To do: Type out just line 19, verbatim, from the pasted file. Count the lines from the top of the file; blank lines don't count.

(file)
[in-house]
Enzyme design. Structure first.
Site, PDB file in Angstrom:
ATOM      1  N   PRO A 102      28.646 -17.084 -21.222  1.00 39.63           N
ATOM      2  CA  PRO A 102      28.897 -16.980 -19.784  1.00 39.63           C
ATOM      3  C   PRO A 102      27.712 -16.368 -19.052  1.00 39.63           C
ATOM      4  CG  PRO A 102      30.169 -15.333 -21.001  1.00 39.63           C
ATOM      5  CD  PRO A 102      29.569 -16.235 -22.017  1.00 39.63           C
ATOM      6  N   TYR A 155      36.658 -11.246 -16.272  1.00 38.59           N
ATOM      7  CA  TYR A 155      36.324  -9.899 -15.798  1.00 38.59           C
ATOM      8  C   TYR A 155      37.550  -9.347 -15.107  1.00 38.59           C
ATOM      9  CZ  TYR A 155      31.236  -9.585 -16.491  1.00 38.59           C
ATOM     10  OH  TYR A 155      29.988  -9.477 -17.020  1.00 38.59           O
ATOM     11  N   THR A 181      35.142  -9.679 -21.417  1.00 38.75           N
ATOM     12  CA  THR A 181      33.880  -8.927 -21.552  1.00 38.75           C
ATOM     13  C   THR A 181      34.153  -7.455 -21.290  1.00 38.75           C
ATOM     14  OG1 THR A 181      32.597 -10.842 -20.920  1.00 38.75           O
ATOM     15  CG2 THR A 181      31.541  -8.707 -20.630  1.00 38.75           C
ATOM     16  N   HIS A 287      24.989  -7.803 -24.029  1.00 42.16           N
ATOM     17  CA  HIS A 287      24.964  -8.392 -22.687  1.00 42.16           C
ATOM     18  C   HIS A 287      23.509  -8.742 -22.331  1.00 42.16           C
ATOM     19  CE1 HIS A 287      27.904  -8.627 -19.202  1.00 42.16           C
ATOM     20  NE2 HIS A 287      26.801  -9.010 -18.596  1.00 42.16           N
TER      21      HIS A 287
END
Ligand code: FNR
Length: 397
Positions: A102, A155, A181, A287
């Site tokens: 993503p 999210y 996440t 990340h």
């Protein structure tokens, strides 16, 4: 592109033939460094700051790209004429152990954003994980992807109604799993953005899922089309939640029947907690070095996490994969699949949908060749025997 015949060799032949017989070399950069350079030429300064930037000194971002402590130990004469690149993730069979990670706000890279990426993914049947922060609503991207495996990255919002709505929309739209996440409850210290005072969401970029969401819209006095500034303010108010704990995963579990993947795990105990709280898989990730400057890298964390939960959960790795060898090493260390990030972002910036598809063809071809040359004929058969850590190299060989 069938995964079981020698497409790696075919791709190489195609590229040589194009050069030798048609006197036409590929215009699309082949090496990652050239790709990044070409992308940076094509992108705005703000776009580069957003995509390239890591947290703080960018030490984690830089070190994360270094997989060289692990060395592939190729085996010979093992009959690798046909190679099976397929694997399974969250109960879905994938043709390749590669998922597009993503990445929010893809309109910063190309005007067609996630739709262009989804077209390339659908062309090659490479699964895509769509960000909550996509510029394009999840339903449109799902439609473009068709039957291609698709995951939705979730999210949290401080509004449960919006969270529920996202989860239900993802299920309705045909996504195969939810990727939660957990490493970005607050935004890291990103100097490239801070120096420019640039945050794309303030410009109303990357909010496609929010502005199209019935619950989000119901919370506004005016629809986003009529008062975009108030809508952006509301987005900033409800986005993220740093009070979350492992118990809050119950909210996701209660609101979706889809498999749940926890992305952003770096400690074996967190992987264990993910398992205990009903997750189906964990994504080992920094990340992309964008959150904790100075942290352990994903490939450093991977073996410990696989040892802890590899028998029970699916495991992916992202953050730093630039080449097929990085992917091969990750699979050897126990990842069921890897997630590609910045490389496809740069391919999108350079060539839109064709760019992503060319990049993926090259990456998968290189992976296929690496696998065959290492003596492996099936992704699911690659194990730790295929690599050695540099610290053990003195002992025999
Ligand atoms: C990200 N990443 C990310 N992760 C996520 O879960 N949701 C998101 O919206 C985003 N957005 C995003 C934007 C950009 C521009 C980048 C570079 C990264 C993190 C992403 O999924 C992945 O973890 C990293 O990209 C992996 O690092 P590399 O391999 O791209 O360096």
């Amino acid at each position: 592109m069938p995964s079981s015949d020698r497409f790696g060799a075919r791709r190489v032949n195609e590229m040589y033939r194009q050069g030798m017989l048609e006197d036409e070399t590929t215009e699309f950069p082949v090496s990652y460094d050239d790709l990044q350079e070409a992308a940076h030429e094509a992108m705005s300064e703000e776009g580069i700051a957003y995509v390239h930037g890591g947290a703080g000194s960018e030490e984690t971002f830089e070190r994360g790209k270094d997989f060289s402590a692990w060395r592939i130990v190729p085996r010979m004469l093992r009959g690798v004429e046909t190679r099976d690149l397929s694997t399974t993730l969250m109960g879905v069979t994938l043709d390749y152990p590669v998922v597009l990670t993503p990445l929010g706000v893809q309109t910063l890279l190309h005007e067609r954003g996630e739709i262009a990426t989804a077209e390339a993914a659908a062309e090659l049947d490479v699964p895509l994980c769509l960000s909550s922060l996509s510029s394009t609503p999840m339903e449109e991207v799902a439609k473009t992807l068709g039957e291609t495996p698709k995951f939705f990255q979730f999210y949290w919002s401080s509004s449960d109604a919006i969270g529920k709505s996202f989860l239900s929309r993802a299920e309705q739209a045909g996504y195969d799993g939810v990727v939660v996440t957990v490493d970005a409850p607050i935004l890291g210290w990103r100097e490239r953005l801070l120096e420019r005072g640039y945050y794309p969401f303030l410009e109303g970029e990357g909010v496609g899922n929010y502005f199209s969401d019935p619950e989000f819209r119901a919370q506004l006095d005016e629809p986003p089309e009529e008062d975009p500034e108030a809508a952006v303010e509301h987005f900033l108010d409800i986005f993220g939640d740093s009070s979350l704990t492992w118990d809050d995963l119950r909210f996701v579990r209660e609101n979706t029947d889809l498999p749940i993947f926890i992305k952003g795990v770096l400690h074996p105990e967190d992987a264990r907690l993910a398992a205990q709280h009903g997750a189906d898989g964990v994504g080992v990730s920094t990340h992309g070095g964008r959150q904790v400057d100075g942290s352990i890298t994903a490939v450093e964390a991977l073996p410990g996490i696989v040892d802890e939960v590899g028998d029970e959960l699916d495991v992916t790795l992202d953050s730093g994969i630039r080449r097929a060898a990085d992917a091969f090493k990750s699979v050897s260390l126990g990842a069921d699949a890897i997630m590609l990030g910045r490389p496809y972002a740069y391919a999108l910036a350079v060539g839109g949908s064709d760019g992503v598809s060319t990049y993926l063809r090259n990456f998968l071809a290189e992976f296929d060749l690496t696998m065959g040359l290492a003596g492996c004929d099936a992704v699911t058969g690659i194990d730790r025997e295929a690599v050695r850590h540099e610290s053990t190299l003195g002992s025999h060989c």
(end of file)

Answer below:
ATOM     16  N   HIS A 287      24.989  -7.803 -24.029  1.00 42.16           N